I spoke to my son Adriaan about the green when we were walking the famous dog Isabel on Monday evening. About how our brains evolved to take in this particular kind of impression, about how there is an actual need within human cells and their neural connections to receive this exact color and know it for itself, rather than for the words we use to describe it. About how when we don't take in these impressions of nature, the organism itself suffers in ways that we are unaware of.
The transformation of large areas of the planet into sterilized, shopping malled, paved over, parked over, built over landscape, is creating impressions within humanity that lead to terrible things. No one can explain these things when they happen; Virginia Tech, for example. When the human spirit is cramped and bottled, pressures build, and eventually, it explodes.
No one sees this happening until it is too late. It is like building your house on the slopes of the great volcano Vesuvius; everything looks beautiful, magnificent, until the earth begins to shake and everything is destroyed. Just as the Romans knew volcanoes were dangerous, and chose to ignore it, somehow we know that to ignore our relationship to nature is dangerous, yet we persist in destroying it-- in both an inner and outer sense.
Our relationship to nature needs to become a more inner one. We need to receive nature within us like a gift, like a perfume which we inhale, a sacred substance that speaks to our innermost need in ways that the Internet and our various technologies and enterprises cannot.
This is not a matter of romanticism; real life itself depends on it. If we do not see that we are the same as the grasshoppers, and the leaves, and the clouds in the sky, that they contain us in the same way that we contain them as we feed on all these impressions of life--
Then something vital in us dies, slowly, miserably, until we become dried out husks, and are nothing more than hairy men who have sold their birthrights for a mess of pottage.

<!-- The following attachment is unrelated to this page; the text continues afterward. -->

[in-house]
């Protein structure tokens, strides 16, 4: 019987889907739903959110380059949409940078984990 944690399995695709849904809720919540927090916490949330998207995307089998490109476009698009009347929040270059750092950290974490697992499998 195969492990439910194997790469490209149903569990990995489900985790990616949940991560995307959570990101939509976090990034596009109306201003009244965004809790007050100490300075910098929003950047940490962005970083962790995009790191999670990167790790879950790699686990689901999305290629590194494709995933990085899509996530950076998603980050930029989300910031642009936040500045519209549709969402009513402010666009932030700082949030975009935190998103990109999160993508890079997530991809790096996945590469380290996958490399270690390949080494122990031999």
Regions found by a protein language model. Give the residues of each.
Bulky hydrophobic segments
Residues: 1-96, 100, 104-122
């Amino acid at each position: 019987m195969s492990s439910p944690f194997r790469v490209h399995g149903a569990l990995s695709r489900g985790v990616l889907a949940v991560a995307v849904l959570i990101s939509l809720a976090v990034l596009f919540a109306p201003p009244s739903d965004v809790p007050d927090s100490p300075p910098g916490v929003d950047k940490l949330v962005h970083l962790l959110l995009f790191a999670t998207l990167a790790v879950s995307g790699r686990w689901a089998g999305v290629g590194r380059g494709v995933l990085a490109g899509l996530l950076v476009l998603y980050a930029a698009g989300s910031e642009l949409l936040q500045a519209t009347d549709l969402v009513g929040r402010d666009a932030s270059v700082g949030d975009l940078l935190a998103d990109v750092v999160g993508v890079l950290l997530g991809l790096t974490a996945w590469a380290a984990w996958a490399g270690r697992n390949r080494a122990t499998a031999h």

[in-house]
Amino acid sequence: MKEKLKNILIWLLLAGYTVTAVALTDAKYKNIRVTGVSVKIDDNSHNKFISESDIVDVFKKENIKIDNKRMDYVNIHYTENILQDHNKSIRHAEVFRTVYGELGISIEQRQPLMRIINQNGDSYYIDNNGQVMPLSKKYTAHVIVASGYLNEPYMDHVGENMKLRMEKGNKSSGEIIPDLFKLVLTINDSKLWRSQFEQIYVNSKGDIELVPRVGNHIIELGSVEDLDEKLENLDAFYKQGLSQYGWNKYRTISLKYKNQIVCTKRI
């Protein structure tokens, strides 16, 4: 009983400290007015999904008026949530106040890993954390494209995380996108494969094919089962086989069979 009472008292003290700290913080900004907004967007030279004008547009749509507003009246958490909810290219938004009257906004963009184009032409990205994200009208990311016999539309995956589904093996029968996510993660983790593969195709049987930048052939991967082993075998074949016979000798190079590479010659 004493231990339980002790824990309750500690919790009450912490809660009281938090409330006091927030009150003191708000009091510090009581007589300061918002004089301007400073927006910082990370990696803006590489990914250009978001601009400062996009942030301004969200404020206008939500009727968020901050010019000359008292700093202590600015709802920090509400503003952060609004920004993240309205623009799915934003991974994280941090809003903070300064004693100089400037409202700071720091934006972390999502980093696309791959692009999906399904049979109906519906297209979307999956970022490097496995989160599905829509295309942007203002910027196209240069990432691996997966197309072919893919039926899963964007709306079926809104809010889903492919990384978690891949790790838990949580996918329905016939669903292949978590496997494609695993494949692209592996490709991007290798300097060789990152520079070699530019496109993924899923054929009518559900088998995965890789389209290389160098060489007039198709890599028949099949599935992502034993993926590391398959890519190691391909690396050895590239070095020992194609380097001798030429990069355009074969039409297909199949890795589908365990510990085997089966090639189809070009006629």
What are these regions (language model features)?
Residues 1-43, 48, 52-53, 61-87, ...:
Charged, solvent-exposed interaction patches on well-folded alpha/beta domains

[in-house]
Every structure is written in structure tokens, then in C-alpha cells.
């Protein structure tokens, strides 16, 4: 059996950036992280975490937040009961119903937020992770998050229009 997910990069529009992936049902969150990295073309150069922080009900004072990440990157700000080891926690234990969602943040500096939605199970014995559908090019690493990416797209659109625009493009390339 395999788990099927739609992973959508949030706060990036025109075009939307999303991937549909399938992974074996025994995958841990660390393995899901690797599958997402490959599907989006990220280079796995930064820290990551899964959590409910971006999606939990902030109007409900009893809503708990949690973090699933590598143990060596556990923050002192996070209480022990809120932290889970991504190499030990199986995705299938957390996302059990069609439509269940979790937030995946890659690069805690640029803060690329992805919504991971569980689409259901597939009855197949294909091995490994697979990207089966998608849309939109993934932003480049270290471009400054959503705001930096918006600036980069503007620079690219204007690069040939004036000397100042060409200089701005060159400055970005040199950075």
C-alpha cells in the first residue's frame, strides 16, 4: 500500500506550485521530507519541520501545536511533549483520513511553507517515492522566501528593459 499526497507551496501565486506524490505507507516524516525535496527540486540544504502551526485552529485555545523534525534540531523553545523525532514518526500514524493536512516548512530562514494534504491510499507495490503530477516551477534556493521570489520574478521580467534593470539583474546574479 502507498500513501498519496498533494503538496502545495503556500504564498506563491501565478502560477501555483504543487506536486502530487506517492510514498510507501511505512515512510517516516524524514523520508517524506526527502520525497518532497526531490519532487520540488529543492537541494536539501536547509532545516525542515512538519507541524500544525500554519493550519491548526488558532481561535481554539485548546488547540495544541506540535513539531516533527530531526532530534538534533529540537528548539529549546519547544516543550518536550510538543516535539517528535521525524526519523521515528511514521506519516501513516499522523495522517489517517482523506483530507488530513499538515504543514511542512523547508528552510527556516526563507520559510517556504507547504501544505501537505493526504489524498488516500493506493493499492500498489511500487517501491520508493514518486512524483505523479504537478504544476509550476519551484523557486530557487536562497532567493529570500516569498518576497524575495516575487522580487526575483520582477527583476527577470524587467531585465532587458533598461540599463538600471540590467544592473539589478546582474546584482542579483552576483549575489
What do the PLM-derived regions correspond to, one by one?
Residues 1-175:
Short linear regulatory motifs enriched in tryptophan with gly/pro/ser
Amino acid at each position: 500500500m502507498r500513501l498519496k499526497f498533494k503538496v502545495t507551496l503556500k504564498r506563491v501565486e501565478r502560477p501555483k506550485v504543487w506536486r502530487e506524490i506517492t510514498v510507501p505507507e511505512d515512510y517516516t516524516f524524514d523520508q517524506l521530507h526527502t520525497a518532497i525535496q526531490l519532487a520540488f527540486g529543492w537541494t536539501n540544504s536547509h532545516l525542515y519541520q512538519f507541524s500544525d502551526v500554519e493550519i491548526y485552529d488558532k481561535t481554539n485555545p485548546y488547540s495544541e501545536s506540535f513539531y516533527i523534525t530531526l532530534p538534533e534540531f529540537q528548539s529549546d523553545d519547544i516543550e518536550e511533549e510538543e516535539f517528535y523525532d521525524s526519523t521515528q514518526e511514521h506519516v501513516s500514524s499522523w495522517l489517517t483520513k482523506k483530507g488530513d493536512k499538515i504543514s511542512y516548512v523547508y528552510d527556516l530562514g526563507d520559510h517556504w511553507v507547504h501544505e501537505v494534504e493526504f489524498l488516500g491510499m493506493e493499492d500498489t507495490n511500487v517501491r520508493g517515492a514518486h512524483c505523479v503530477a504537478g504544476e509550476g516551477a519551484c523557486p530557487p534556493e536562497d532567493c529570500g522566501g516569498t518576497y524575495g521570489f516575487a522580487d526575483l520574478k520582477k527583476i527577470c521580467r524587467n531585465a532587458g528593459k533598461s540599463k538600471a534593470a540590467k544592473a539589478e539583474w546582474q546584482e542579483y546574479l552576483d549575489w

Of course, that is the parable of Jacob and Esau, from the Old Testament. In the New Testament, what was gained was 30 pieces of silver.
All the pounds of silver in the world cannot take the measure of an ounce of green. Only our senses can do that.
Let us open them, and exist.
May your trees bear fruit, and your wells yield water.
snakes and birds
This morning, my wife and I were walking the famous dog Isabel down to the Hudson at 6 a.m., when I was struck by the sight of two mockingbirds landing on a utility wire.
"Something truly extraordinary must have happened on this planet," I remarked, "in order for reptiles to have grown wings and taken flight."
In the process of transformation on earth, absolutely remarkable things have taken place. In this particular case, scaly, earthbound creatures transformed their outer coating -- that is, their tough, stiff protective scales -- into refined, delicate, airy new structures called feathers. If there ever was a more extraordinary transformation, it's hard to think of it. The nature of the transformation, when combined with further coordinated changes in physiology, specifically metabolism and bone structure, allowed these creatures to transcend their earthbound origins and move into the skies.